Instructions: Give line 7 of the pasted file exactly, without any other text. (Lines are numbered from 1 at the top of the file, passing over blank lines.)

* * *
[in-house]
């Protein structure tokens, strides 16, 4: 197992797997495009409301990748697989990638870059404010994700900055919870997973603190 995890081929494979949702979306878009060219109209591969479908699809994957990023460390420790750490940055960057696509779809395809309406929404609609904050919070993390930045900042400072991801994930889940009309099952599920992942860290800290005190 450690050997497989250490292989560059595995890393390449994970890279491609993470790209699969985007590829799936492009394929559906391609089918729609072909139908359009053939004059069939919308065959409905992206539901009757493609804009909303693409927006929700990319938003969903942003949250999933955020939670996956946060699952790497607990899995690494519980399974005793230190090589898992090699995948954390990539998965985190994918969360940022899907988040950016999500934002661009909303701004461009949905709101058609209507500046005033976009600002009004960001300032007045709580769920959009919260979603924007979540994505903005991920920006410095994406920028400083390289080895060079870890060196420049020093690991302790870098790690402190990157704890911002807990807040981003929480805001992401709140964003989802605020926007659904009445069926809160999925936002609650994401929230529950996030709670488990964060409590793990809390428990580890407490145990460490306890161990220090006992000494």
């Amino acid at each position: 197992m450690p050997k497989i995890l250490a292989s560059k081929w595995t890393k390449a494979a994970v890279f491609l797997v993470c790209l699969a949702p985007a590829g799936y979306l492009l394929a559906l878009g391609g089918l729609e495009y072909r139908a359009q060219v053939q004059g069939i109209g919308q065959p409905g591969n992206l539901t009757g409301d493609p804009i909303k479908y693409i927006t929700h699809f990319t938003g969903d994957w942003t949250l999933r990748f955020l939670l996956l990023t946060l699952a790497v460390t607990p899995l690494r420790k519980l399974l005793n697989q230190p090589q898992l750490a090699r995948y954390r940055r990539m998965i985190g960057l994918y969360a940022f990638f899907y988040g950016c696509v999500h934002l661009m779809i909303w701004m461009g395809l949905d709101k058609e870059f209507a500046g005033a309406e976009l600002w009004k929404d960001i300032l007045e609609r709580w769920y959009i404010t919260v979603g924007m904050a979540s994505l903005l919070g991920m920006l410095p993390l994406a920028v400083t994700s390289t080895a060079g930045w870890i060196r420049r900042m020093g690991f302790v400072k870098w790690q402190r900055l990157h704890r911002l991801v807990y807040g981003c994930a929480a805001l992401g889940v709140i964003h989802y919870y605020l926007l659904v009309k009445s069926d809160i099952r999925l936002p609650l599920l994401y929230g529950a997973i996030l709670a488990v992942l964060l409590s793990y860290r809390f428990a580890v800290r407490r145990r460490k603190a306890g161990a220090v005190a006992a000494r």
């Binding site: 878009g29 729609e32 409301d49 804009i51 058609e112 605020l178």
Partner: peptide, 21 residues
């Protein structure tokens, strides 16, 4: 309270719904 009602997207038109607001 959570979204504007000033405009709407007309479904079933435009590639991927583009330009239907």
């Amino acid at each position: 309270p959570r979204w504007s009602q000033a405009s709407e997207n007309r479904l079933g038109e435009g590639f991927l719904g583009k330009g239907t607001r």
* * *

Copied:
């Amino acid at each position: 309270p959570r979204w504007s009602q000033a405009s709407e997207n007309r479904l079933g038109e435009g590639f991927l719904g583009k330009g239907t607001r």